Getting Active and Exercising

Many people believe that if you have lung cancer, you should avoid physical activity. It is reasonable to be concerned about becoming overly active and running out of breath. Staying active and engaging in mild exercise, on the other hand, has been demonstrated to help patients better tolerate, respond to, and recover from lung cancer treatments such as chemotherapy, radiation, and surgery.

Benefits of Staying Active

Putting together an appropriate program of breathing, walking, stretching, and strength training will help you deal with your sickness while also increasing your energy and endurance. You may be able to join acceptable locally organized workout programs.

Before you begin, please consult with your lung cancer team, GP, or physiotherapist if you have any concerns.

On Importance of Staying Active

It is critical to be as active as possible. This does not always imply going for a run or to the gym. There are several light activities that you may incorporate into your daily routine, such as walking with your dog, gardening, or visiting museums. Yoga and pilates, swimming, or slow running are examples of light aerobic exercises.

Please keep in mind that if you have any pain, extreme shortness of breath, chest pain/discomfort, dizziness, or light-headedness while performing these exercises, you should sit down and wait for the symptoms to subside. If these are new symptoms, discontinue the program and seek medical attention.

The most essential thing is that you don’t overextend yourself. This might be challenging, especially if you were quite active prior to your diagnosis. You may need to be patient and realistic about how much you can do today in comparison to what you could do previously. Lung cancer lowers strength and endurance regardless of fitness level.

You may notice that you are more exhausted than normal at times, especially during treatment periods. Allow your body to lead you. It is preferable to rest if you feel ‘below-par,’ than to continue and jeopardize your recuperation. Attempt to resume as soon as possible.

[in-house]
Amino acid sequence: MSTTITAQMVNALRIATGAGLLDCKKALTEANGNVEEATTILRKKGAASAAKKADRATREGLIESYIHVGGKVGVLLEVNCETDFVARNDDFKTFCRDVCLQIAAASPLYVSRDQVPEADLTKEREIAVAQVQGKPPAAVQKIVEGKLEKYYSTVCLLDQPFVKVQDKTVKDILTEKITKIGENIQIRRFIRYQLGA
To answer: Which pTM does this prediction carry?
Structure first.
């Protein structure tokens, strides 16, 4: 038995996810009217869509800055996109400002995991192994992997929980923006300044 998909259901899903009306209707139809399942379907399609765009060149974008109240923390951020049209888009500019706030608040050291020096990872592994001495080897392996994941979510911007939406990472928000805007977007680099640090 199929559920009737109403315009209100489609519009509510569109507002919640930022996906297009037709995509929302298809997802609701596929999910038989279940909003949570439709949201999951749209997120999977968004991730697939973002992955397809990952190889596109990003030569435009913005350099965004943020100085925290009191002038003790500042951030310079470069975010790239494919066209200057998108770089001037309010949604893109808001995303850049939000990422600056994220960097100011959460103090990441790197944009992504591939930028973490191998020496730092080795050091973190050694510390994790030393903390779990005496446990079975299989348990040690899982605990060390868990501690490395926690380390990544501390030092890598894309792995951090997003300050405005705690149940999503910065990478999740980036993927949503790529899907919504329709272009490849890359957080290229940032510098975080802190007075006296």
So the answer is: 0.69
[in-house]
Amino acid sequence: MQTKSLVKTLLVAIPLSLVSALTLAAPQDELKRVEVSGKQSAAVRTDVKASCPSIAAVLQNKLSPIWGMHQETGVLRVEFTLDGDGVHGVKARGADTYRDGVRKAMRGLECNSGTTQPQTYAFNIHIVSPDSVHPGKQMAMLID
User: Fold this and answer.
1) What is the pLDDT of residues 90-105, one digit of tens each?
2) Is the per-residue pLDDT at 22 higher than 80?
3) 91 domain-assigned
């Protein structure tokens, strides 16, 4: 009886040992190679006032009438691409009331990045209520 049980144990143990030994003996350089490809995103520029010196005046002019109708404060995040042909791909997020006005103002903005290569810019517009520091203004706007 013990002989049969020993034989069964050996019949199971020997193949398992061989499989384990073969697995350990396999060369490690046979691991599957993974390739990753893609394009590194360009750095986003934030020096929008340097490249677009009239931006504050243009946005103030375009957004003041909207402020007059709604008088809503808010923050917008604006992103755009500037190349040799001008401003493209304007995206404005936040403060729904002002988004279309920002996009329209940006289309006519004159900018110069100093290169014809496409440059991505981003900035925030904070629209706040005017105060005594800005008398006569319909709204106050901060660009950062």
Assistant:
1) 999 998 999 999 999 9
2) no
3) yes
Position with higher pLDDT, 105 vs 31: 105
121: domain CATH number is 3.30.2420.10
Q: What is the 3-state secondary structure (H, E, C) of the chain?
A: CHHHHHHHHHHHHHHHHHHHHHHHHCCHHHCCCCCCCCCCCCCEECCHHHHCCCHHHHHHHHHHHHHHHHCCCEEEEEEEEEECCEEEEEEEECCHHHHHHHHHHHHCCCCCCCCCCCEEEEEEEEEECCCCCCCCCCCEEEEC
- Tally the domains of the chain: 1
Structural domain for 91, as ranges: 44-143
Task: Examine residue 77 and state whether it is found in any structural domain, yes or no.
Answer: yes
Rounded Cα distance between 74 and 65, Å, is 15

Exercising Your Flexibility

Regular upper-body stretching exercises will assist increase mobility in your chest and back. It also allows your lungs and diaphragm to move more freely, allowing for deeper breathing and better circulation.


  • Place one hand and one wrist over the opposing shoulder.
  • Push your elbow with your other hand.
  • Keep holding for 20 seconds.
  • Relax before repeating with the opposite arm.


  • Bend your elbow and raise one arm above your head.
  • Put your hand between your shoulder blades.
  • Grab the elbow with the other hand and press it back and down until you feel a stretch at the back of your upper arm.
  • Keep holding for 20 seconds.
  • Relax before repeating with the opposite arm.

Side Stretch

  • Stand with your feet hip-width apart and your arms at your sides relaxed.
  • Raise your left arm straight up above your head as you inhale.
  • As you exhale, bend to the right, keeping your hips forward and your buttocks tucked under.
  • Extend your neck and reach as far as you can to your side.
  • Hold this position for a few breaths, concentrating on widening your rib cage.
  • Return to standing as you breath.
  • Repeat on the other side.

Exercises to Increase Strength

Strengthening exercises may aid people with lung cancer because they can strengthen muscles that have been compromised by symptoms and anti-cancer medications. Strength exercise can also help you improve your balance and posture, as well as strengthen your bones.

Biceps Curls

  • Holding a tin or weight in each hand, stand with your arms dangling down.
  • Extend your hands.
  • Elbows should be bent and then straightened.
  • 10 times through.

Bending the Knees

  • Hold both hands on a table or chair.
  • Slowly bend your knees while maintaining a straight back and flat heels.
  • Stretch your buttocks and the front of your thighs (quads).
  • Hold for a few seconds before resuming your starting posture by straightening your knees.
  • 10 times through.

Heel Lifts

  • Hold on with both hands in front of a table or chair.
  • Push up onto your tiptoes slowly, elevating your heels off the ground.
  • Slowly lower them back to the earth.
  • Rep 10 times more.


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